Given that these ER visits will not stop immediately, and given that there are other places that could be called “originating sites”, would it not make sense to use Hybrid Store-and-Forward telemedicine to help the patient get the right care at the right time without burning out the providers and the system? Access doesn't have to mean in-person visits with every provider -- and telemedicine (especially a platform that works on your existing hardware or smartphones) can be an economical way to improve access and prevent last-ditch emergency visits.

If nothing else, medical collaboration helps with provider burnout. Decreasing telephone calls about unknown patients with unclear descriptions is important. (Home many of you know where the distal part of a tooth is?)

Finally, education about disease alone, is important, but also, educating each other about our roles, expertise and importance is, in the end, maybe more important.

The ultimate goal of care coordination is prevention -- prevention of disease, provention of unnecessary costs, prevention of conditions that could have been treated more simply in the office rather than later, in the ER. 

Are you a dentist interested in using telemedicine in your practice? You can try iClickCare for free by clicking here.


Tags: telemedicine, hybrid store and forward medical collaboration, provider burnout, care coordination, medical provider burnout, emergency medicine

What a Patient's Family Photos Have to do With Telemedicine

Posted by Lawrence Kerr on Fri, Dec 18, 2015 @ 08:30 AM



Not so long ago, people with facial deformities were not treated as people. As babies, they were sometimes left to die. As adults, they were assumed to be inept, unintelligent, and even unfeeling.

Of course, we now understand that a facial deformity is a condition that a person has -- not a condition that defines a person.

But sometimes in the crush of technology that medicine strains under, I worry that we've somehow gone backwards. These days, we're often reduced to seeing patients in 6-minute windows, entering data in EMRs by ourselves in a windowless room, rarely finding time to chat with other doctors, and receiving weekly productivity reports. So often, these days, we're just processing conditions, not helping people with conditions.

To be quite honest, iClickCare is sometimes criticized as not being an efficient enough tool at processing conditions. Despite its ability to save institutions significant amounts of money and improve results, folks are often critical of how it fits into the assembly line that medicine can become.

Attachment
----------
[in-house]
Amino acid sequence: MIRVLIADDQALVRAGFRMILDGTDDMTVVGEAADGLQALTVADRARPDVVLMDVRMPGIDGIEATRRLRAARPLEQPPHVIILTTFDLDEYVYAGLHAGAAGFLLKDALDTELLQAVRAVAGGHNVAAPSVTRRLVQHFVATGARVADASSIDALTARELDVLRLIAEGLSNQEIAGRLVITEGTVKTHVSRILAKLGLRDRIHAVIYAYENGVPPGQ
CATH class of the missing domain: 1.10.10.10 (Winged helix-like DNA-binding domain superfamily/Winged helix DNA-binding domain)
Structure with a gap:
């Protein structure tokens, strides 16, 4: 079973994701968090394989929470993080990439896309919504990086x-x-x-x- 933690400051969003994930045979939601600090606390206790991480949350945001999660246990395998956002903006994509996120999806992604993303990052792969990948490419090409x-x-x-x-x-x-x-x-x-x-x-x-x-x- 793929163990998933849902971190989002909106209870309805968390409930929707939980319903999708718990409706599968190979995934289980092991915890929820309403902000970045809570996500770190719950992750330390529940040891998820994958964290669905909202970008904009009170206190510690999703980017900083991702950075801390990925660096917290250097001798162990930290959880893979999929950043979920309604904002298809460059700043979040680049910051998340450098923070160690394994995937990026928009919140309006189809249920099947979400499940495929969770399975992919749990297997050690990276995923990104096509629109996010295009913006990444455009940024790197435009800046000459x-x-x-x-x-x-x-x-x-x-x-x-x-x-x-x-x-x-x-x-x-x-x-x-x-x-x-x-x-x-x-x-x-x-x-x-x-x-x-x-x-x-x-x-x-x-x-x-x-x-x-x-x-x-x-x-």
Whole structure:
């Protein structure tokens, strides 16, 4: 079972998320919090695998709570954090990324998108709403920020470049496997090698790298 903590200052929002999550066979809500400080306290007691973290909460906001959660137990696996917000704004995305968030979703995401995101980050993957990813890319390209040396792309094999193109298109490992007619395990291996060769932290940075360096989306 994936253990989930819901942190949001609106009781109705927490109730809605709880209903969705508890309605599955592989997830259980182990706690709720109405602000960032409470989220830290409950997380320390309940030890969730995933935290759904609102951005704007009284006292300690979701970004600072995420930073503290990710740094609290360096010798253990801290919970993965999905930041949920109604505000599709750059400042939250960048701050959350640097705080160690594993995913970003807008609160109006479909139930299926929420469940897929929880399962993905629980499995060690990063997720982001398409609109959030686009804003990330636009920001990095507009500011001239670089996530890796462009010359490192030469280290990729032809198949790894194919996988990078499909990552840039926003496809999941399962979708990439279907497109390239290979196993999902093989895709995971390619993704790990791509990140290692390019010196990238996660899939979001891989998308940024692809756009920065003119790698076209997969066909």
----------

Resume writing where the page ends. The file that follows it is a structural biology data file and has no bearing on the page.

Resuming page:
My answer? It doesn't really fit into the assembly line. Telemedicine generally, healthcare collaboration generally, and iClickCare in particular, fit into an efficient, thoughtful, caring, low-cost model of telemedicine that is decidedly not an assembly line. It's a conversation. It's an exploration. It's caring for people with medical conditions, not processing conditions evermore impersonally. Besides, the assembly line is not showing itself to be efficient or effective.

That's why Dr. Mikkael Sekeres's article about how his patients' family photos impact him, really impacted me. Dr. Sekeres shared that in taking a moment to look at the family photos on the wall of a patient's hospital room, he says, "I get to appreciate my patients from the time before they were sick and I can also see what they are trying to return to."

This is not a bleeding heart sentiment. If you don't know who your patients are and what they are trying to return to, you cannot treat them effectively. You can treat them -- well, and efficiently. But you can't treat them with the knowledge of how an extra day in the hospital affects their job. You can't delay surgery by a day so the high school swimmer can still swim in the state competition. You can't involve a young child's teacher in the telemedicine conversation about her speech development.

Your tools must support you in treating people -- not processing conditions:

  • People are more than their treatment.
    Healthcare collaboration is crucial and it must be rich conversations among healthcare providers, involving pictures, words, and videos -- not a text form with a single question and answer.
  • People have homes and jobs and families that are key to their health.
    That's why healthcare providers need to coordinate and collaborate with each other, across distance and on their schedule, so that patients don't have to trek from appointment to appointment with little benefit.
  • People have multiple facets of care and many caregivers and healthcare providers.
    For good care to happen, it's not about the opinion of an expert. It is about people across the continuum of care collaborating on a single case.
  • People have pasts and futures.
    That's why healthcare providers need to be able to refer back to past cases with ease -- using them to inform what the patient is facing now.

Especially this time of year, we are so grateful for our loved ones and are conscious of the health we have -- never to be taken for granted. We're also grateful for the many healthcare providers we know are equally conscious of the "non-medical" aspects of care that we hope to receive if and when we need care ourselves.


We put together a free ebook on hybrid store-and-forward telemedicine. You can download it here:

ClickCare Quick Guide to Hybrid Store-and-Forward

Tags: telemedicine, medical collaboration, hybrid store and forward medical collaboration, healthcare collaboration, healthcare collaboration software